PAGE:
Washington, D. C., March 23, 1870. To the Senate and House of Representatives:

In the Executive message of December 6, 1869, to Congress the importance of taking steps to revive our drooping merchant marine was urged, and a special message promised at a future day during the present session, recommending more specifically plans to accomplish this result. Now that the committee of the House of Representatives intrusted with the labor of ascertaining “the cause of the decline of American commerce" has completed its work and submitted its report to the legislative branch of the Government, I deem this a fitting time to execute that promise.

The very able, calm, and exhaustive report of the committee points out the grave wrongs which have produced the decline in our commerce. It is a national humiliation that we are now compelled to pay from twenty to thirty million dollars annually (exclusive of passage money, which we should share with vessels of other nation's) to foreigners for doing the work which should be done by American vessels, American built, American owned, and American manned. This is a direct drain upon the resources of the country of just so much money, equal to casting it into the sea, so far as this nation is concerned.

A nation of the vast and ever-increasing interior resources of the


United States, extending, as it does, from one to the other of the great oceans of the world, with an industrious, intelligent, energetic population, must one day possess its full share of the commerce of these oceans, no matter what the cost. Delay will only increase this cost and enhance the difficulty of attaining the result.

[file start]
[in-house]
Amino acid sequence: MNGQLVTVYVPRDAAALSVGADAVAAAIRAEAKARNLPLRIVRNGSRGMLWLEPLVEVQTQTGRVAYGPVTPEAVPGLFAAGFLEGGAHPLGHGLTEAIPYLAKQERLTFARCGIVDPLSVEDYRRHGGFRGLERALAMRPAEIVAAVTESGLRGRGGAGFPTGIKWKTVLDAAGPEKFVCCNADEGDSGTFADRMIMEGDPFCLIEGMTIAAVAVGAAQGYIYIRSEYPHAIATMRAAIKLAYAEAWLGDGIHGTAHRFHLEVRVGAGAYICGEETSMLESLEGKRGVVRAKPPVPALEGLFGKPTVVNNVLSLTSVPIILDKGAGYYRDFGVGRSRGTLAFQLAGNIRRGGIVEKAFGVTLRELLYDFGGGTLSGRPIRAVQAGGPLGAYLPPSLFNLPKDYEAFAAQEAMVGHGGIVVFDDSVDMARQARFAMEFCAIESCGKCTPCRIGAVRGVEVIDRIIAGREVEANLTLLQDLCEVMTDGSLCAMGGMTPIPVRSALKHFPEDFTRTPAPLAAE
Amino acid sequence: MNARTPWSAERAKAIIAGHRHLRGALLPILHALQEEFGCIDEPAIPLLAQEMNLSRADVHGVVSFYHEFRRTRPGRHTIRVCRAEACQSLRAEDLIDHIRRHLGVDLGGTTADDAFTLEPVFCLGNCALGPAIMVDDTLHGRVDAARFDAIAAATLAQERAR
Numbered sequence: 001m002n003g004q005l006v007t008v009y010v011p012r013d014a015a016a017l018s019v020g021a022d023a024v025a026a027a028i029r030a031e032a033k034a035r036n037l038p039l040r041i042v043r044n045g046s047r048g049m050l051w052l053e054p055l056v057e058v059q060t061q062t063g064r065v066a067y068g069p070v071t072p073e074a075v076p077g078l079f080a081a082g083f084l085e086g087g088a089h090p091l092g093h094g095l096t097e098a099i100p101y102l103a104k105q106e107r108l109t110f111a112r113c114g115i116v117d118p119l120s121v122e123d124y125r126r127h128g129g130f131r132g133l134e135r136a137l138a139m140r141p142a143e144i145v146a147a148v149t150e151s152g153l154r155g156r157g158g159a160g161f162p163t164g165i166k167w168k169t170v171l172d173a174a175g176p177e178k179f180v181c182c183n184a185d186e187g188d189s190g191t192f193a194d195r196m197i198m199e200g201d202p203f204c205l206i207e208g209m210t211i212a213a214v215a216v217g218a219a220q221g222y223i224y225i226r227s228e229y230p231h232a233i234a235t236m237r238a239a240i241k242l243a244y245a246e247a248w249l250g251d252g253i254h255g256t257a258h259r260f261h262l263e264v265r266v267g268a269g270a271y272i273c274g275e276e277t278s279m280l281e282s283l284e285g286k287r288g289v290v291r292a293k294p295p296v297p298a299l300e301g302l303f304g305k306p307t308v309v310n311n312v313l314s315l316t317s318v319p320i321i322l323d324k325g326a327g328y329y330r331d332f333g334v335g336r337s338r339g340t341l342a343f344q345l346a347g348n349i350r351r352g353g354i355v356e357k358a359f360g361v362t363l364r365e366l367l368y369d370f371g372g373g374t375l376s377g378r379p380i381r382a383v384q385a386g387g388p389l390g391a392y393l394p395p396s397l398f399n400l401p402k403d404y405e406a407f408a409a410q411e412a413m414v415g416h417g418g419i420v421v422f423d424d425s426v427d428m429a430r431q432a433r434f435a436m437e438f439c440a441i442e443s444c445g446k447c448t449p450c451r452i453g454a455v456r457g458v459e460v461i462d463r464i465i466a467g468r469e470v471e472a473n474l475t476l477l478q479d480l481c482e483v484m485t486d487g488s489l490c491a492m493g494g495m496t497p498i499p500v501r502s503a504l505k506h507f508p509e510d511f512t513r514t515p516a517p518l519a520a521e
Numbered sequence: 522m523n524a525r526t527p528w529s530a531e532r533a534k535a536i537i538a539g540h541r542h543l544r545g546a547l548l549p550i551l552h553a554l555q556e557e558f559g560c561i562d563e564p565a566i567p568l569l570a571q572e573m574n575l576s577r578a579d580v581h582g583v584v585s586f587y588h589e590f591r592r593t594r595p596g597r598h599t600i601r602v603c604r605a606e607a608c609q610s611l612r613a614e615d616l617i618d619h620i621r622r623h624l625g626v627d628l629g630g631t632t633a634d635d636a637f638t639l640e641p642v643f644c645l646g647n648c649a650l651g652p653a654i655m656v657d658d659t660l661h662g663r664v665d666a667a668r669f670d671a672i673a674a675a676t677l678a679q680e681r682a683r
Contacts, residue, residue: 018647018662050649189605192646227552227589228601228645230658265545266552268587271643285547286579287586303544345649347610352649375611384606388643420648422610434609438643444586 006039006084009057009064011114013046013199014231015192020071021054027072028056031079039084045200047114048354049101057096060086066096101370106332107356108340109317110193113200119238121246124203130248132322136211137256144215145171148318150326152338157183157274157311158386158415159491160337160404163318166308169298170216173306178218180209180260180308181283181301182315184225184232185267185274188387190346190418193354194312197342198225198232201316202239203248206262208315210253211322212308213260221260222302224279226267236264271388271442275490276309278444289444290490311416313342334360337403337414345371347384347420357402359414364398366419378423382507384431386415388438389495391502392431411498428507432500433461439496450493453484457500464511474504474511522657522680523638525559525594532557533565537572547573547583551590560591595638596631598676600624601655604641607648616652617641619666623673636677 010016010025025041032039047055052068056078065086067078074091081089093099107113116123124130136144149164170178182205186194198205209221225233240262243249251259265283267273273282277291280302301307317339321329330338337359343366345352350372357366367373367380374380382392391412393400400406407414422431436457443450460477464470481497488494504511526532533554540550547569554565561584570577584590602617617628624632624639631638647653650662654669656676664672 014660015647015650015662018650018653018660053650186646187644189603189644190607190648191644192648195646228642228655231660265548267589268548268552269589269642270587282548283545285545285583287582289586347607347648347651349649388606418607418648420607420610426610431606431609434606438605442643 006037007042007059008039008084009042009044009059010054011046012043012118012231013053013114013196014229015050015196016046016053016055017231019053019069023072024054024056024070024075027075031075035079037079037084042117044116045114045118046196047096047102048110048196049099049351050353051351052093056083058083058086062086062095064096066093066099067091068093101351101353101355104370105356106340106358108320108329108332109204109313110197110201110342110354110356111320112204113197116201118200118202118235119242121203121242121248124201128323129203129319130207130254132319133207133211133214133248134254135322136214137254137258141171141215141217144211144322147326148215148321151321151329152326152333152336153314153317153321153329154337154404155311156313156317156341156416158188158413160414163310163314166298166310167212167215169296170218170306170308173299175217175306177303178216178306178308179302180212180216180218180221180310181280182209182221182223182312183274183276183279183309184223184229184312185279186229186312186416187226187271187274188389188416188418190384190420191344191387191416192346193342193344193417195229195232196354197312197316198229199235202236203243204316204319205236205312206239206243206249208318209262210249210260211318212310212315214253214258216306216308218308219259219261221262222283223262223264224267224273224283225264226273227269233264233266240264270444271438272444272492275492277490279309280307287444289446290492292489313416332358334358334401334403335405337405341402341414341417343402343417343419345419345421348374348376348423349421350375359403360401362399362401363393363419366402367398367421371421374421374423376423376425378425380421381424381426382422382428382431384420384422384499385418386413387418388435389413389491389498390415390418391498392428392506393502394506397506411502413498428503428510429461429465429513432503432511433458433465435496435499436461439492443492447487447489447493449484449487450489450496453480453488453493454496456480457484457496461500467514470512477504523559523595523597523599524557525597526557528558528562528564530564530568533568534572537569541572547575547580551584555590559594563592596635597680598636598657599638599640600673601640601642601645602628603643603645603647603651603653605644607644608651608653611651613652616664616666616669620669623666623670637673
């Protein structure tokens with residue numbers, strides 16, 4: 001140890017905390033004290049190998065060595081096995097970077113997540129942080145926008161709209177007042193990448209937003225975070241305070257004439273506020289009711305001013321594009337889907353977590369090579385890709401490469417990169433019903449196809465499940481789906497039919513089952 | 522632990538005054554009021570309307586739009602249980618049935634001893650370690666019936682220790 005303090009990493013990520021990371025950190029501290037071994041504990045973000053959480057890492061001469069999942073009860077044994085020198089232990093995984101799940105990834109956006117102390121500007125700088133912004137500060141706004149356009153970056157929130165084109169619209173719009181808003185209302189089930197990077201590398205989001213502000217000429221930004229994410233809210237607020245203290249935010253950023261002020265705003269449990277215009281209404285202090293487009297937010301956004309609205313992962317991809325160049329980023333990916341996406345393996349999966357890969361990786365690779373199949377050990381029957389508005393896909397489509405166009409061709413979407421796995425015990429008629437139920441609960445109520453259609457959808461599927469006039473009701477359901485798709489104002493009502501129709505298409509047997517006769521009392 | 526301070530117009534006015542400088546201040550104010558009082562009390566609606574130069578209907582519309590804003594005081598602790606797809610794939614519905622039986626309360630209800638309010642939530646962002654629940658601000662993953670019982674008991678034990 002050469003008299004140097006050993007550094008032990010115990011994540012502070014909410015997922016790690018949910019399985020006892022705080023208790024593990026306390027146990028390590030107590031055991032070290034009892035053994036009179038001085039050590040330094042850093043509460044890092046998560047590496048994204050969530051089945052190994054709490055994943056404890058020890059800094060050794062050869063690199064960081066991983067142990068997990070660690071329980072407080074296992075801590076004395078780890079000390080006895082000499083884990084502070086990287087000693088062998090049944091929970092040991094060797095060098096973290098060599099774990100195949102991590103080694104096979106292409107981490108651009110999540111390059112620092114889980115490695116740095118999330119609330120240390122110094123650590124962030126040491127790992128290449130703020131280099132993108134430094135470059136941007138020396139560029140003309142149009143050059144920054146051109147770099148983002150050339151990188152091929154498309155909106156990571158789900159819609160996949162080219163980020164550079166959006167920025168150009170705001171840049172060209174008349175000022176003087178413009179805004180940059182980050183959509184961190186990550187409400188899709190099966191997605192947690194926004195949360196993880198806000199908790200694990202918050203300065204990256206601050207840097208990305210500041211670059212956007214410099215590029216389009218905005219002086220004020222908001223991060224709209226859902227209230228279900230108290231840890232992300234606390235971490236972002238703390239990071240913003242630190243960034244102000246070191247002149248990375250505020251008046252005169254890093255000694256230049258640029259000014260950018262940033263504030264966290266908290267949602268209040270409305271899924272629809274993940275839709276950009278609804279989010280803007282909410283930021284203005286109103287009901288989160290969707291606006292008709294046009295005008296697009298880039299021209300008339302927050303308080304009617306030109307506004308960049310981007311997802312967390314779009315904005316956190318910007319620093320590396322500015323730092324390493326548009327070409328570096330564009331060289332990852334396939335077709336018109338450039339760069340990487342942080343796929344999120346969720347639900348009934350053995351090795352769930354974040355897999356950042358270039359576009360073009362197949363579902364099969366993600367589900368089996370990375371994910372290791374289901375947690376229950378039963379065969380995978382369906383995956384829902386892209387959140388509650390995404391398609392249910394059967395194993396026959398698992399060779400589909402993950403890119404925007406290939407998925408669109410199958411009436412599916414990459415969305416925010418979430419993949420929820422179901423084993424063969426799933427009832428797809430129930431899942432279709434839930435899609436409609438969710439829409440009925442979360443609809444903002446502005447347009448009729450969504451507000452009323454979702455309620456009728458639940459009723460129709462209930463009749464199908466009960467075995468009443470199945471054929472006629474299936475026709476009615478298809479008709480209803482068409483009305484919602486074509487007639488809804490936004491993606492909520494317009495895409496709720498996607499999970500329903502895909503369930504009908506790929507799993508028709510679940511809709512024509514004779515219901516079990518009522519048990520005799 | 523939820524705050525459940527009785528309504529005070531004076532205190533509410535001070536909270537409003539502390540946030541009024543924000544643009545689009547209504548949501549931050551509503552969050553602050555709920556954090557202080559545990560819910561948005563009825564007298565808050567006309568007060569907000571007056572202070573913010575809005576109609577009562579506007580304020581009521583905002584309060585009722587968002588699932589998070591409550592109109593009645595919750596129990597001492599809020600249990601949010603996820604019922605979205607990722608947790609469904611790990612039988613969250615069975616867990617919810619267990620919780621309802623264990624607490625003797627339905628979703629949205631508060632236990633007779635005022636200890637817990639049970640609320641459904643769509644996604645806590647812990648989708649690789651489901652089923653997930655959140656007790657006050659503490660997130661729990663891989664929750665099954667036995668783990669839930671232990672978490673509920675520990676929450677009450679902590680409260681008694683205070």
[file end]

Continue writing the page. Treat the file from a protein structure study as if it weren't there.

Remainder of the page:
I therefore put in an earnest plea for early action in this matter, in a way to secure the desired increase of American commerce. The advanced period of the year and the fact that no contracts for shipbuilding will probably be entered into until this question is settled by Congress, and the further fact that if there should be much delay all large vessels contracted for this year will fail of completion before winter sets in, and will therefore be carried over for another year, induces me to request your early consideration of this subject.

I regard it of such grave importance, affecting every interest of the country to so great an extent, that any method which will gain the end will secure a rich national blessing. Building ships and navigating them utilizes vast capital at home; it employs thousands of workmen in their construction and manning; it creates a home market for the products of the farm and the shop; it diminishes the balance of trade against us precisely to the extent of freights and passage money paid to American vessels, and gives us a supremacy upon the seas of inestimable value in case of foreign war.

Our Navy at the commencement of the late war consisted of less than 100 vessels, of about 150,000 tons and a force of about 8,000 men. We drew from the merchant marine, which had cost the Government nothing, but which had been a source of national wealth, 600 vessels, exceeding 1,000,000 tons, and about 70,000 men, to aid in the suppression of the rebellion.